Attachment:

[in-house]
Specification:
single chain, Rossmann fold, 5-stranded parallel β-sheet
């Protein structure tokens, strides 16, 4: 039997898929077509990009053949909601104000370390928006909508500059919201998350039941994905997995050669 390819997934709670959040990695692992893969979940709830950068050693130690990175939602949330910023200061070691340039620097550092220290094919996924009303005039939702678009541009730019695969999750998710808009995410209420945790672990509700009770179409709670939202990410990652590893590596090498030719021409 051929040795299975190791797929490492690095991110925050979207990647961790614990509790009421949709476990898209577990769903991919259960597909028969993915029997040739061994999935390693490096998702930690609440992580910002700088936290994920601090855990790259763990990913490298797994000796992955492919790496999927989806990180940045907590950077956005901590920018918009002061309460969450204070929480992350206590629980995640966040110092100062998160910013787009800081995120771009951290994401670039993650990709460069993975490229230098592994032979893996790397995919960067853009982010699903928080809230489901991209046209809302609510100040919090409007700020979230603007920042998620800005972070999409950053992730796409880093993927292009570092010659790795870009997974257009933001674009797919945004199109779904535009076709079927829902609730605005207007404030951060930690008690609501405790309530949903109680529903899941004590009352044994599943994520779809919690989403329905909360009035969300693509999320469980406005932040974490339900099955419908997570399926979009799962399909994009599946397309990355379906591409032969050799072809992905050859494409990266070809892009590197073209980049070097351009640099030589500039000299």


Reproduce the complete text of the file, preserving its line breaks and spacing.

[in-house]
Specification:
single chain, Rossmann fold, 5-stranded parallel β-sheet
């Protein structure tokens, strides 16, 4: 039997898929077509990009053949909601104000370390928006909508500059919201998350039941994905997995050669 390819997934709670959040990695692992893969979940709830950068050693130690990175939602949330910023200061070691340039620097550092220290094919996924009303005039939702678009541009730019695969999750998710808009995410209420945790672990509700009770179409709670939202990410990652590893590596090498030719021409 051929040795299975190791797929490492690095991110925050979207990647961790614990509790009421949709476990898209577990769903991919259960597909028969993915029997040739061994999935390693490096998702930690609440992580910002700088936290994920601090855990790259763990990913490298797994000796992955492919790496999927989806990180940045907590950077956005901590920018918009002061309460969450204070929480992350206590629980995640966040110092100062998160910013787009800081995120771009951290994401670039993650990709460069993975490229230098592994032979893996790397995919960067853009982010699903928080809230489901991209046209809302609510100040919090409007700020979230603007920042998620800005972070999409950053992730796409880093993927292009570092010659790795870009997974257009933001674009797919945004199109779904535009076709079927829902609730605005207007404030951060930690008690609501405790309530949903109680529903899941004590009352044994599943994520779809919690989403329905909360009035969300693509999320469980406005932040974490339900099955419908997570399926979009799962399909994009599946397309990355379906591409032969050799072809992905050859494409990266070809892009590197073209980049070097351009640099030589500039000299």